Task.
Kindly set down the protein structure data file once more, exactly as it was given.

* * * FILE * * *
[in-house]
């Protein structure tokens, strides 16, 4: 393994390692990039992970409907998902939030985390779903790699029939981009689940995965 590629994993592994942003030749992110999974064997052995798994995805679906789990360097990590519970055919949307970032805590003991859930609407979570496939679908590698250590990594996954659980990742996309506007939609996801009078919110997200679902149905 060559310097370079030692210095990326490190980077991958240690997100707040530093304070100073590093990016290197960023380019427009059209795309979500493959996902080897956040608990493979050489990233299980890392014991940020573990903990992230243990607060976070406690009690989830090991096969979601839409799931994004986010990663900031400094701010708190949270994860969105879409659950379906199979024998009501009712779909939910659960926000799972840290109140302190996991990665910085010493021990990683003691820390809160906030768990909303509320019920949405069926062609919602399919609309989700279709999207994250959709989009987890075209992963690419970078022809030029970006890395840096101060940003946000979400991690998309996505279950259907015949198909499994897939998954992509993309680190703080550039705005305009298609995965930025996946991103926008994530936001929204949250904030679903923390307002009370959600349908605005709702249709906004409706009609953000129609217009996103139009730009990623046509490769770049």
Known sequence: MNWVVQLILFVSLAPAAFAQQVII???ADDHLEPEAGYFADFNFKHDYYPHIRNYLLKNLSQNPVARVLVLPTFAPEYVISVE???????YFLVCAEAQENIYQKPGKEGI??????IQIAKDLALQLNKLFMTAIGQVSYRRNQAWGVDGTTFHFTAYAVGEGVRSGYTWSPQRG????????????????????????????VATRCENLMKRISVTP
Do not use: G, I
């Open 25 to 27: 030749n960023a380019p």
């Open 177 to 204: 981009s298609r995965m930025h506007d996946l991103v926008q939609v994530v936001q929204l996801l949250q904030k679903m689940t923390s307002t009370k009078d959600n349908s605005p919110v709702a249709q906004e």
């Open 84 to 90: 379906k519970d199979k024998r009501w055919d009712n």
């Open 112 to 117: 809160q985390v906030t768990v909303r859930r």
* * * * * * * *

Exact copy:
[in-house]
């Protein structure tokens, strides 16, 4: 393994390692990039992970409907998902939030985390779903790699029939981009689940995965 590629994993592994942003030749992110999974064997052995798994995805679906789990360097990590519970055919949307970032805590003991859930609407979570496939679908590698250590990594996954659980990742996309506007939609996801009078919110997200679902149905 060559310097370079030692210095990326490190980077991958240690997100707040530093304070100073590093990016290197960023380019427009059209795309979500493959996902080897956040608990493979050489990233299980890392014991940020573990903990992230243990607060976070406690009690989830090991096969979601839409799931994004986010990663900031400094701010708190949270994860969105879409659950379906199979024998009501009712779909939910659960926000799972840290109140302190996991990665910085010493021990990683003691820390809160906030768990909303509320019920949405069926062609919602399919609309989700279709999207994250959709989009987890075209992963690419970078022809030029970006890395840096101060940003946000979400991690998309996505279950259907015949198909499994897939998954992509993309680190703080550039705005305009298609995965930025996946991103926008994530936001929204949250904030679903923390307002009370959600349908605005709702249709906004409706009609953000129609217009996103139009730009990623046509490769770049």
Known sequence: MNWVVQLILFVSLAPAAFAQQVII???ADDHLEPEAGYFADFNFKHDYYPHIRNYLLKNLSQNPVARVLVLPTFAPEYVISVE???????YFLVCAEAQENIYQKPGKEGI??????IQIAKDLALQLNKLFMTAIGQVSYRRNQAWGVDGTTFHFTAYAVGEGVRSGYTWSPQRG????????????????????????????VATRCENLMKRISVTP
Do not use: G, I
């Open 25 to 27: 030749n960023a380019p």
């Open 177 to 204: 981009s298609r995965m930025h506007d996946l991103v926008q939609v994530v936001q929204l996801l949250q904030k679903m689940t923390s307002t009370k009078d959600n349908s605005p919110v709702a249709q906004e």
């Open 84 to 90: 379906k519970d199979k024998r009501w055919d009712n």
């Open 112 to 117: 809160q985390v906030t768990v909303r859930r």